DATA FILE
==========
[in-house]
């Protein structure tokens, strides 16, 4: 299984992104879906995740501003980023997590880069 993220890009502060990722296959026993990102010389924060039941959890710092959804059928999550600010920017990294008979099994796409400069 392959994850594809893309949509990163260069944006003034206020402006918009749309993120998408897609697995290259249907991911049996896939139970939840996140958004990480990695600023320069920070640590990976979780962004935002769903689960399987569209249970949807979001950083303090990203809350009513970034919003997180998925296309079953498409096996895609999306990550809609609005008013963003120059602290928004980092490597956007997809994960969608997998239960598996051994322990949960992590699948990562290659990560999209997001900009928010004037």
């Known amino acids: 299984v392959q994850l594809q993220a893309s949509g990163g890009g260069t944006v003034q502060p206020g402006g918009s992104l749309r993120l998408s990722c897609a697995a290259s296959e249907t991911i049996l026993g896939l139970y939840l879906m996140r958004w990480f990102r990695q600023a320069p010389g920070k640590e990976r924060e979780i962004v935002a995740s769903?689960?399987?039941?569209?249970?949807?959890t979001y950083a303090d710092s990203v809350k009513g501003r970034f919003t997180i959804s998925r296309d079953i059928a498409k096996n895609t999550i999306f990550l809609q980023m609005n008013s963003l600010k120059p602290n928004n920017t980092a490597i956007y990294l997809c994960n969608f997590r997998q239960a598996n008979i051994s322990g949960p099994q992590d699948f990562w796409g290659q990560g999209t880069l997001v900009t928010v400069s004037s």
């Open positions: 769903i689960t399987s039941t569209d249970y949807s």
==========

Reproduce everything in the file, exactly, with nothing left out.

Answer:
[in-house]
């Protein structure tokens, strides 16, 4: 299984992104879906995740501003980023997590880069 993220890009502060990722296959026993990102010389924060039941959890710092959804059928999550600010920017990294008979099994796409400069 392959994850594809893309949509990163260069944006003034206020402006918009749309993120998408897609697995290259249907991911049996896939139970939840996140958004990480990695600023320069920070640590990976979780962004935002769903689960399987569209249970949807979001950083303090990203809350009513970034919003997180998925296309079953498409096996895609999306990550809609609005008013963003120059602290928004980092490597956007997809994960969608997998239960598996051994322990949960992590699948990562290659990560999209997001900009928010004037």
């Known amino acids: 299984v392959q994850l594809q993220a893309s949509g990163g890009g260069t944006v003034q502060p206020g402006g918009s992104l749309r993120l998408s990722c897609a697995a290259s296959e249907t991911i049996l026993g896939l139970y939840l879906m996140r958004w990480f990102r990695q600023a320069p010389g920070k640590e990976r924060e979780i962004v935002a995740s769903?689960?399987?039941?569209?249970?949807?959890t979001y950083a303090d710092s990203v809350k009513g501003r970034f919003t997180i959804s998925r296309d079953i059928a498409k096996n895609t999550i999306f990550l809609q980023m609005n008013s963003l600010k120059p602290n928004n920017t980092a490597i956007y990294l997809c994960n969608f997590r997998q239960a598996n008979i051994s322990g949960p099994q992590d699948f990562w796409g290659q990560g999209t880069l997001v900009t928010v400069s004037s």
């Open positions: 769903i689960t399987s039941t569209d249970y949807s």